Mega Man: Fully Charged #5 is published by BOOM! Studios. It comes from the creative team of writers A.J. Marchisello and Marcus Rinehart, illustrator Stefano Simeone, colorist Igor Monti, and letterer Ed Dukeshire. Beginning immediately where the previous issue left off, it’s time for the main event. Mega Man vs. Namagem. The two brothers face off, with Mega Man being aided by Doctor Light and Zero. Namagem easily removes Dr. Light from the fight and focuses on Zero while Mega Man tries to keep up.
As the two fight, they talk about family and the rift that has grown between them. Mega Man wants to welcome his brother back into the family, while Namagem wants to destroy it. This leads to Mega Man being forced to pull out all the stops and use all of his tricks in a last-ditch effort to win. But when one brother wants peace and the other wants him dead, then true victory may be out of the question.
Each issue of this series so far has had some action and some plot or worldbuilding. But Mega Man: Fully Charged #5 was the first issue where the two were really combined. This works out to mixed results. The issue is absolutely a page-turner and very exciting. But at times it feels like the plot is stuck while the action continues. It’s hard to complain about getting page after page of robot fights, but at a certain point, it did feel a little like the story had just kind of stopped. It works within the boundaries of the plot, with Mega Man wanting to save his brother and redeem him while Namagem simply wants destruction. But there are only so many times that you can read a character make an impassioned plea while his foe brushes him off before it feels a little samey.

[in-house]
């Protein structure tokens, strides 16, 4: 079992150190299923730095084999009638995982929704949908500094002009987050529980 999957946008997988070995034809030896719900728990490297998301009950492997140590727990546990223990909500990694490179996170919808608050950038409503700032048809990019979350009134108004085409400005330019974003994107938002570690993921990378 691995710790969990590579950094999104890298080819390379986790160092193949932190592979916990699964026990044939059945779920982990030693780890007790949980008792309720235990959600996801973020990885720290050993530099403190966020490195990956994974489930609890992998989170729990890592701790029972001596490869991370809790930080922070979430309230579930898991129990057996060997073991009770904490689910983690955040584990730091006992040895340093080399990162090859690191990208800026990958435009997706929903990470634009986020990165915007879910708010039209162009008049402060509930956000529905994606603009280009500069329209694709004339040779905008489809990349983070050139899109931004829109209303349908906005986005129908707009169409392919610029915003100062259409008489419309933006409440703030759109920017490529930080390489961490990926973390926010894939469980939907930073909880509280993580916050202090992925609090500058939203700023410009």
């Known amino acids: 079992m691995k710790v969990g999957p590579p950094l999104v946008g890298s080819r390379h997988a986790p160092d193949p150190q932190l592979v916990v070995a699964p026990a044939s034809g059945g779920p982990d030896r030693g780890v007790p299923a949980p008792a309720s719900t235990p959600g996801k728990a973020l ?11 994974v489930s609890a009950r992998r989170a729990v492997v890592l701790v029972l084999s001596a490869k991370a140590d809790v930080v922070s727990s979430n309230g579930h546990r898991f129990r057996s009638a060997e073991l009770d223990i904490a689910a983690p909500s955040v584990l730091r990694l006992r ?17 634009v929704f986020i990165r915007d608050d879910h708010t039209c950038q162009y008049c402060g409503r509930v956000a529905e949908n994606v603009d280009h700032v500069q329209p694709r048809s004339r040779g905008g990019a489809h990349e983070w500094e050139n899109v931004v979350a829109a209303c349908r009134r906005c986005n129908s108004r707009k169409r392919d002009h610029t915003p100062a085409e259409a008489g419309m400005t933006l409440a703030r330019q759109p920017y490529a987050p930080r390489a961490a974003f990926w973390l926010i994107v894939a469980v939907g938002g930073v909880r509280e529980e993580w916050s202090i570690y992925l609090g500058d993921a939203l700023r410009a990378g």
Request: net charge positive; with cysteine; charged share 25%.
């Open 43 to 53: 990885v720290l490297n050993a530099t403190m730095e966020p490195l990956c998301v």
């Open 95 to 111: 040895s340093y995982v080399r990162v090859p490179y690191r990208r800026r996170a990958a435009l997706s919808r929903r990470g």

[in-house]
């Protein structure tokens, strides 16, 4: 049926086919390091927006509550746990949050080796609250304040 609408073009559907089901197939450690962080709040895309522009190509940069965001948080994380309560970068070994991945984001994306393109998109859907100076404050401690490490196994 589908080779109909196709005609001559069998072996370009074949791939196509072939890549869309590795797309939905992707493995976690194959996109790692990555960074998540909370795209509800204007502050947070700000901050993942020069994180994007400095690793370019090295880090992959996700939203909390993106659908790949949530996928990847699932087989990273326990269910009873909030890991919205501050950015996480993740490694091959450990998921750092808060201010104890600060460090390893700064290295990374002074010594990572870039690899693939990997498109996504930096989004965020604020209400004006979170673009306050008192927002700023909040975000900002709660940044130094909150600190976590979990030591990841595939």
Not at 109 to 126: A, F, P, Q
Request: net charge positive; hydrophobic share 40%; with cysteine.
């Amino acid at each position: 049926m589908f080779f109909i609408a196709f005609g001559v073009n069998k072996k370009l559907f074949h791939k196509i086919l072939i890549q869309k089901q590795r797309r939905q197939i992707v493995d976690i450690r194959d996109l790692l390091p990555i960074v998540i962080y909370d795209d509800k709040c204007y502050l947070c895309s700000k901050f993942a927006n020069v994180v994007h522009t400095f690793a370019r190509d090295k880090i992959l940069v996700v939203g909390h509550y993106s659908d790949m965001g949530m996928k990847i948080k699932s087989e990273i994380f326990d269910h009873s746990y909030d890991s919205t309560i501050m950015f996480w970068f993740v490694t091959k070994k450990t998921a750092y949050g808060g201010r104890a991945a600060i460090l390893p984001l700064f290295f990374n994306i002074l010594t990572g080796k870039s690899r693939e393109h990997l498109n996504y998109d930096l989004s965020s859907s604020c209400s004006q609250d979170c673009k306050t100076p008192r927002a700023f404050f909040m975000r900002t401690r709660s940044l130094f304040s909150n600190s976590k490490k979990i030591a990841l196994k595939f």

Thankfully, the art is absolutely gorgeous and gives a strong reason to read through the whole issue. Simeone’s art mixed with Monti’s colors continues to be absolutely dazzling. Whole pages of brutal robot combat are portrayed beautifully. The physicality of their violence combined with the futuristic imagery make for a fun contrast of brutal action through sleek design. The bright lights and neon colors help to keep the characters distinct even when the battle is at it’s most hectic. Meanwhile, Dukeshire’s letters continue to highlight the action on the page and add weight to the combat. I particularly like how the sfx lettering changes colors depending on which character is causing them. Specifically with blue for Megaman and yellow for Namagem.
Overall, I enjoyed Mega Man: Fully Charged #5, though I think the need to pull it into six issues hurt it somewhat. The action is gorgeous and the stakes are clear, but I’d have liked to have seen more resolution at the end rather than another cliffhanger. I still adore this series and highly recommend it for fans of the Blue Bomber. I just think this issue had a few more missteps than usual.
Mega Man: Fully Charged #5 is available wherever comics are sold.
Mega Man: Fully Charged #5
The action is gorgeous and the stakes are clear, but I’d have like to have seen more resolution at the end rather than another cliffhanger